In 1991, the City of San Francisco began demolition on the Embarcadero freeway. Looking on was former Mayor Dianne Feinstein. “I knew one day it would happen,” she said. “It just needed that push from Mother Nature.”
That push was the devastating 1989 Loma Prieta earthquake, which savaged San Francisco but ultimately led to a revitalized Embarcadero district that anchors the city’s downtown today. From this foundation-shaking disaster came a chance to rethink, not just rebuild. COVID-19 is a different sort of disaster entirely, but it has arrived like an earthquake to shake the foundations of work. In its wake, we have the rare chance to redesign work fundamentally.
The mess of modern-day knowledge work
While many of us have made the sudden leap to home-based work, our habits remain rooted in the office.
Pre-COVID workplaces relied heavily on face-to-face interactions to manage the disorganized mess of modern-day knowledge work. Tasks were assigned haphazardly with no system for tracking who was working on what and how that work was progressing.
To compensate for a lack of structure, people dropped by each other’s desks or had quick in-person status meetings. Work got done, but rarely in an efficient or mindful way.
By now we know remote work isn’t a fleeting experiment, but rather a lasting byproduct of the global pandemic. To support the shift, our ways of working must catch up.
The good news is that forward-thinking IT, HR, and customer service orgs already know how it’s done. These groups have long relied on digital workflows and automation to track and manage incidents and requests. Now it’s time to apply their ability to track and orchestrate to everyday knowledge work within the enterprise.
Now is the time for operational workflows
Digital workflows can adapt to support what I call “operational workflows”—those that sit close to the customer and drive the product or service at the core of an organization’s business.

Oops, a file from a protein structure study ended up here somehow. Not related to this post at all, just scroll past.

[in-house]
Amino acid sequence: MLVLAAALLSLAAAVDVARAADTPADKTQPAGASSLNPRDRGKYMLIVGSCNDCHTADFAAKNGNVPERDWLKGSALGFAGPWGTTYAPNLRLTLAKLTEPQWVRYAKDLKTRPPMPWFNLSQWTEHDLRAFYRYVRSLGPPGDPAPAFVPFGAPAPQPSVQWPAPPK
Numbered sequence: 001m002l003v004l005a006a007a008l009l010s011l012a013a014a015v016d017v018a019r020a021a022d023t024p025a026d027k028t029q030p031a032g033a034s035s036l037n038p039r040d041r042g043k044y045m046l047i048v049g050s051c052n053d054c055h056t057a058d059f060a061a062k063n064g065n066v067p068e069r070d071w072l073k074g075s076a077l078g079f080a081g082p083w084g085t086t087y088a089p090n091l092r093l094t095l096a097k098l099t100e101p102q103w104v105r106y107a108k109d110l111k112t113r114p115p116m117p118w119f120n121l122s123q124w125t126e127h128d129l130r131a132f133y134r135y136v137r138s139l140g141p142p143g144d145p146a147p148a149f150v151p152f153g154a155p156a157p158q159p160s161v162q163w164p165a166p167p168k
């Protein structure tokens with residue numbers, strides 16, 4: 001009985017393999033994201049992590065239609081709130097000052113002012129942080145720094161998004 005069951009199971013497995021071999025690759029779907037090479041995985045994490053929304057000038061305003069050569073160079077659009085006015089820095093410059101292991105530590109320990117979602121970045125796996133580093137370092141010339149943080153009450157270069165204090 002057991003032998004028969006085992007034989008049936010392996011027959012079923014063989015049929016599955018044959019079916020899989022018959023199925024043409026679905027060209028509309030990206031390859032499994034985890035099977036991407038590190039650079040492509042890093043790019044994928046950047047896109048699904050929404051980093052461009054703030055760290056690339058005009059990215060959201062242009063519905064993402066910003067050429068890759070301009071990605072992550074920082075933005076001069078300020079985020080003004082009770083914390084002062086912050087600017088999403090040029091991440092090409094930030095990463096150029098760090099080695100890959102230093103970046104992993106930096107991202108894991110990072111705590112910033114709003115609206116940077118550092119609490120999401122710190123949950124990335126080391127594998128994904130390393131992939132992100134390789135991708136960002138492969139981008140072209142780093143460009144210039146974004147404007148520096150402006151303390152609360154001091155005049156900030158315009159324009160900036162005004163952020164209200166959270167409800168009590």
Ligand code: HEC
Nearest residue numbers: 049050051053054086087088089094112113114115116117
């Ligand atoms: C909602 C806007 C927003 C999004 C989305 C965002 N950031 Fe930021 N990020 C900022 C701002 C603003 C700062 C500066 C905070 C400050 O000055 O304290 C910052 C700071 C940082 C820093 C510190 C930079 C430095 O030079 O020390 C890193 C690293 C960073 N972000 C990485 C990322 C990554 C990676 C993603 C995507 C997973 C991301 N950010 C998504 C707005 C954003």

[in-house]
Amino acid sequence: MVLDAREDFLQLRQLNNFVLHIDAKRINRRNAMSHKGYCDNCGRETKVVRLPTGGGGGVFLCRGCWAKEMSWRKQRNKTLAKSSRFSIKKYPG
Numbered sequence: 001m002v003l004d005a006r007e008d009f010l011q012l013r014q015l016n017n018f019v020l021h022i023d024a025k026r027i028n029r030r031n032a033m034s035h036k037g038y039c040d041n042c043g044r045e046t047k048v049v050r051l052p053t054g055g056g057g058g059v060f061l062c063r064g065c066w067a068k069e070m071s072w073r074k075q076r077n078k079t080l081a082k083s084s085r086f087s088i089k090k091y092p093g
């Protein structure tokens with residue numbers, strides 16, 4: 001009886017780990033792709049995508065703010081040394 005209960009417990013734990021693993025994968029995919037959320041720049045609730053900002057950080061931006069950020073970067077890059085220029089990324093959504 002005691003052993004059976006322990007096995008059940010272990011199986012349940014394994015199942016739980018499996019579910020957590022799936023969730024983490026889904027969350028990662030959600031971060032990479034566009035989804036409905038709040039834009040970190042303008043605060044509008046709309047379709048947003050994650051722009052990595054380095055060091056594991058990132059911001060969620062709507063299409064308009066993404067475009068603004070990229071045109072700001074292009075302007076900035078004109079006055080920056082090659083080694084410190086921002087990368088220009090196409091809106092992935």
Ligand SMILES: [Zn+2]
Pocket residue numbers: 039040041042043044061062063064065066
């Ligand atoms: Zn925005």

These workflows are everywhere. In manufacturing, they bring product from the factory floor through to shipping and distribution. In retail, they process orders, schedule deliveries, and create happy customers. In banking, they push loan applications through pre-approval to underwriting and closing.
By reimagining these processes as digital workflows, we impact the bottom line just as we do when optimizing and automating within IT, HR, or customer service. This allows employees to focus less on administrative tasks and project management and more on delivering creative, innovative work.
Digital workflows can help increase visibility and facilitate the clean handoff of work between teams. Building them intelligently requires three critical steps.
- Understand your process from end to end: Map each step in a workflow from start to finish. This will help you understand what can be completed in parallel, what is dependent on the tasks before it, and what can be improved or eliminated entirely.
- Find the bottlenecks: Identify and measure your bottlenecks. An insurance company, for example, would measure the time it takes for a claim to pass through the claims process. A manufacturing company could identify machines that frequently break down and adjust its processes accordingly. Measurement is the first step toward improvement, allowing businesses to pinpoint areas of concern before changing processes.
- Evaluate to automate: Automating tasks that are repetitive and manual—those that hold people back from focusing on higher-value work—should be built into your operational workflows.
As an example, recruitment agency Alexander Mann Solutions automated the scheduling of interviews. While this sounds simple, it saved the company hundreds of hours, freeing employees to focus on their core business of talent acquisition.
These three steps apply just as easily to workflows in IT, HR, and customer service. That’s entirely intentional, because a workflow is a workflow wherever it occurs. As we adjust to a new reality and build new infrastructure to match, it’s this point we must keep in mind.
Just as an earthquake remade San Francisco, COVID-19 may spur new and better ways of working. But working smarter requires rethinking, not just rebuilding.
This post originally appeared on Forbes.